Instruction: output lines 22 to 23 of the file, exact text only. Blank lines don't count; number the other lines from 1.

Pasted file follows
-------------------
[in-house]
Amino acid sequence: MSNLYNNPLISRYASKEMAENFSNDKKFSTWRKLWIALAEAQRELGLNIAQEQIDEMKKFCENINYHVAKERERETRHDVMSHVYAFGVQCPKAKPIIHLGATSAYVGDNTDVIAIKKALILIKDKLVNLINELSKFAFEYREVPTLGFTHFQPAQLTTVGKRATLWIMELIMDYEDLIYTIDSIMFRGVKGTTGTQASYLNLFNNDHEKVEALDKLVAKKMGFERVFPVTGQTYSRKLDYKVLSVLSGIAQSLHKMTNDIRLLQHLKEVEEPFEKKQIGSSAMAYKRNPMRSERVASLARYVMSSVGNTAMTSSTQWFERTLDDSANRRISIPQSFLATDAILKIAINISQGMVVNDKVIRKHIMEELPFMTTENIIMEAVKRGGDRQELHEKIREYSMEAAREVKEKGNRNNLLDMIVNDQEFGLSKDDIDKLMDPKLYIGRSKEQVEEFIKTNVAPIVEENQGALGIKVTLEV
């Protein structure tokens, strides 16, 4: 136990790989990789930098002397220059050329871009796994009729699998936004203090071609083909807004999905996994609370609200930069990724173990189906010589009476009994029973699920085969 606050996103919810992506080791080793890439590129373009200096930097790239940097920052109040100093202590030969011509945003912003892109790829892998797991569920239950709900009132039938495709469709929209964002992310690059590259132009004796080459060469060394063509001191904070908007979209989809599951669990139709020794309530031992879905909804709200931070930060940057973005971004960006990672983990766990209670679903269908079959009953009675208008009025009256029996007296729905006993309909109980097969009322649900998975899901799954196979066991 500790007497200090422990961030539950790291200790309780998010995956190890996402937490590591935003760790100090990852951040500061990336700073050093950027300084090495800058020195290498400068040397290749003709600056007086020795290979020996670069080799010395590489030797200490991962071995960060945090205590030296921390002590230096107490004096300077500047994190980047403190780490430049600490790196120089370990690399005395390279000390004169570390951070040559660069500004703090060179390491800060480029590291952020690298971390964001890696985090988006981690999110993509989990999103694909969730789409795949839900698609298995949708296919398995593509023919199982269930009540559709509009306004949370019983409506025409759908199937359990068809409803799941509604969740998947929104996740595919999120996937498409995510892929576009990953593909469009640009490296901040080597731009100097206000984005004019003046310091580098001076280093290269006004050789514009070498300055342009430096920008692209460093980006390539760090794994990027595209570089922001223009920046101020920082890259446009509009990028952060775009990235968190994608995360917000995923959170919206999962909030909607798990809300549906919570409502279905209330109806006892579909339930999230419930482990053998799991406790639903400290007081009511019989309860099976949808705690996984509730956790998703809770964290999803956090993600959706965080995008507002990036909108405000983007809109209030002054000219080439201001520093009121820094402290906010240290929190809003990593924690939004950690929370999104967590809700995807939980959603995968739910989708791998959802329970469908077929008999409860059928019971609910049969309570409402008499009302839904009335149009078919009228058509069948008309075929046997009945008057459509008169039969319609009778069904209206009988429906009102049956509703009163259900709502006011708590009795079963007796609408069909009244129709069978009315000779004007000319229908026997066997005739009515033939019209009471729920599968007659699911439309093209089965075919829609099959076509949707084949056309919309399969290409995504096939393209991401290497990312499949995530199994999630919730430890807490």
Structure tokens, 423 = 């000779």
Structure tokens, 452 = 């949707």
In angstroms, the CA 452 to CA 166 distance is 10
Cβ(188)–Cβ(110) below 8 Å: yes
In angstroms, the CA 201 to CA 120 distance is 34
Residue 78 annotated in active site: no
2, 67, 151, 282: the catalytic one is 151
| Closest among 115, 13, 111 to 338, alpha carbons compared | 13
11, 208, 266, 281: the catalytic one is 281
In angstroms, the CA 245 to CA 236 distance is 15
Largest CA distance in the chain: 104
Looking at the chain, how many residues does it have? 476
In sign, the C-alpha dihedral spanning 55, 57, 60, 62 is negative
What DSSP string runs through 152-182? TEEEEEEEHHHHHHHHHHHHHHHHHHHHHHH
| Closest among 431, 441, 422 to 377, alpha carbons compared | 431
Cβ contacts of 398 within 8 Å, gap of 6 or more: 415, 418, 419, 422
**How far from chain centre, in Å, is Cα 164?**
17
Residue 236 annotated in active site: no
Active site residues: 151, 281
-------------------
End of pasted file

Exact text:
Residue 236 annotated in active site: no
Active site residues: 151, 281